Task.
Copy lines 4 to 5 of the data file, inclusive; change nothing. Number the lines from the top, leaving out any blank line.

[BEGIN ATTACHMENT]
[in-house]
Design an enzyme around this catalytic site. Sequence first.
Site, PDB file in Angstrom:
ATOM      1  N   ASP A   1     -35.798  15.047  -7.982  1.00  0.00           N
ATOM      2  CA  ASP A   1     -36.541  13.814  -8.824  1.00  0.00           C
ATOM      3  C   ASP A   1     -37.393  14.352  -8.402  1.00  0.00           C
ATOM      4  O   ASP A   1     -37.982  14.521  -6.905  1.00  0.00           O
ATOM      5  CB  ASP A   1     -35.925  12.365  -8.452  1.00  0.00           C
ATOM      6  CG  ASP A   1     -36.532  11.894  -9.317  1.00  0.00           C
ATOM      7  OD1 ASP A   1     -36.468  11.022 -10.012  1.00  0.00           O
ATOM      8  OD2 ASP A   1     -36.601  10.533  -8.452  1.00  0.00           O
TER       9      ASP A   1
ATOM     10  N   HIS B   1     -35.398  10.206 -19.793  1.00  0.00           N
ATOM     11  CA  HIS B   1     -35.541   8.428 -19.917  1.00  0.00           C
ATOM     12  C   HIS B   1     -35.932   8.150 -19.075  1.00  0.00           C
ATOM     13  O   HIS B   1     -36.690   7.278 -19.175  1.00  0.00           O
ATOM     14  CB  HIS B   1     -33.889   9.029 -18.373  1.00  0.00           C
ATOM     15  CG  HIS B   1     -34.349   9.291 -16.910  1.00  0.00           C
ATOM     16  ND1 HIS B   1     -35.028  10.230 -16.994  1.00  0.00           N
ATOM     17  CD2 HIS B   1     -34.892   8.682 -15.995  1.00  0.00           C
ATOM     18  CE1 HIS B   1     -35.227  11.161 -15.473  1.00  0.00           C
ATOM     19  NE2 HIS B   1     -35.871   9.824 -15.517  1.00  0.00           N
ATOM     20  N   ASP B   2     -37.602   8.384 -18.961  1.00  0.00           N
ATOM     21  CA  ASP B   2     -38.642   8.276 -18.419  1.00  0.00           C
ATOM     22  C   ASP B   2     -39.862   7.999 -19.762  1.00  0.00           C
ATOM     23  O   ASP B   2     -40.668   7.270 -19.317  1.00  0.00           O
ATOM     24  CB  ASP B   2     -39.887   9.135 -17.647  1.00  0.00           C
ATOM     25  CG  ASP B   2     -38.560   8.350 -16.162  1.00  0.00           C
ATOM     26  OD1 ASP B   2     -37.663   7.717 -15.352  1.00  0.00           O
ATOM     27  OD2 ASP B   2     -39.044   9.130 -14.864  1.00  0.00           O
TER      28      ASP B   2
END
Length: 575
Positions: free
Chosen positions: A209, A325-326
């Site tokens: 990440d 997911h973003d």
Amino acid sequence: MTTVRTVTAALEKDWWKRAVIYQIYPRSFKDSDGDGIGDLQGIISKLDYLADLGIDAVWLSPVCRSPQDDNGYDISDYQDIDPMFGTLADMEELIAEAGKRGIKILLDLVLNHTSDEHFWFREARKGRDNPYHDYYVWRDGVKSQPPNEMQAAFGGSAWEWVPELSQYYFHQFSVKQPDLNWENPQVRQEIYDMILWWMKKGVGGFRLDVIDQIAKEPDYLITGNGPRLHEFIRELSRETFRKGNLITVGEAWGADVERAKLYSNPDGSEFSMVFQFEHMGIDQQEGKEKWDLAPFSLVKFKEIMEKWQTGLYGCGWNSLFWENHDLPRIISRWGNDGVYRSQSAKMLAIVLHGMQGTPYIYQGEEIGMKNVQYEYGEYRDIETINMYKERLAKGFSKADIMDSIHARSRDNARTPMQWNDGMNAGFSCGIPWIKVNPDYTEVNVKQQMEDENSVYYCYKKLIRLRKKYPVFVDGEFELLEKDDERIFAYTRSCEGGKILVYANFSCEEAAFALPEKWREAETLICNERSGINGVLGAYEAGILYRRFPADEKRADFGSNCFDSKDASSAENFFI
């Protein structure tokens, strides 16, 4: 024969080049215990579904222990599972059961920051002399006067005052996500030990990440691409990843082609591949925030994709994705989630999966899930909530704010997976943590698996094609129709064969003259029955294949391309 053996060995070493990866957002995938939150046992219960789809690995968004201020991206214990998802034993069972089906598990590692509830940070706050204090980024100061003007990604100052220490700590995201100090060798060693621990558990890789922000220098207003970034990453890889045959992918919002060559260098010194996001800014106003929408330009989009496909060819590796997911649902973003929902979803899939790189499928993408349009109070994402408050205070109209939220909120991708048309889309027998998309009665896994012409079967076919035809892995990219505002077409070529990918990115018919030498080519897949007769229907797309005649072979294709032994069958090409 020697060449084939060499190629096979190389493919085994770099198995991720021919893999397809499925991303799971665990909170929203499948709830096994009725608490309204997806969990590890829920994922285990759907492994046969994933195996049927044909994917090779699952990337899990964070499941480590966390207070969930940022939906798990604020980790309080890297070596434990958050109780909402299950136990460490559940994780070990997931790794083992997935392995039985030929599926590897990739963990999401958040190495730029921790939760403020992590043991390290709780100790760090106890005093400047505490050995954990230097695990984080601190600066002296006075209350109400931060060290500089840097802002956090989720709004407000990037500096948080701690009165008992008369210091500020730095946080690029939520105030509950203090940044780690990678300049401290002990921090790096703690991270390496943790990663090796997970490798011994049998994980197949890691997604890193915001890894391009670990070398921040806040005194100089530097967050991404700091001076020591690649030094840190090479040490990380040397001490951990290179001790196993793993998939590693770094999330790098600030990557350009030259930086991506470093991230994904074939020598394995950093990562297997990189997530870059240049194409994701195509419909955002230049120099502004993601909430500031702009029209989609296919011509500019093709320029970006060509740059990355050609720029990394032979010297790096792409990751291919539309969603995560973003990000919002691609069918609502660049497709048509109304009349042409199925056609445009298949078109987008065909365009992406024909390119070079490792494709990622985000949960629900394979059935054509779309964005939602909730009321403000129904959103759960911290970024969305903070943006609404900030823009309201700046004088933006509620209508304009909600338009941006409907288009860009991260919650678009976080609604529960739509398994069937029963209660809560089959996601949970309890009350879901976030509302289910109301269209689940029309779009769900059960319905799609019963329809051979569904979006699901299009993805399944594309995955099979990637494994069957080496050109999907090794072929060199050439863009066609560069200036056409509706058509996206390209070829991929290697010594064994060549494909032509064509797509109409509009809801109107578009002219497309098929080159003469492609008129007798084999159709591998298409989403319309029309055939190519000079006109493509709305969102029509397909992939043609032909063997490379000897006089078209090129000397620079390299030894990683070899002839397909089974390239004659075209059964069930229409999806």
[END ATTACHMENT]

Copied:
ATOM      1  N   ASP A   1     -35.798  15.047  -7.982  1.00  0.00           N
ATOM      2  CA  ASP A   1     -36.541  13.814  -8.824  1.00  0.00           C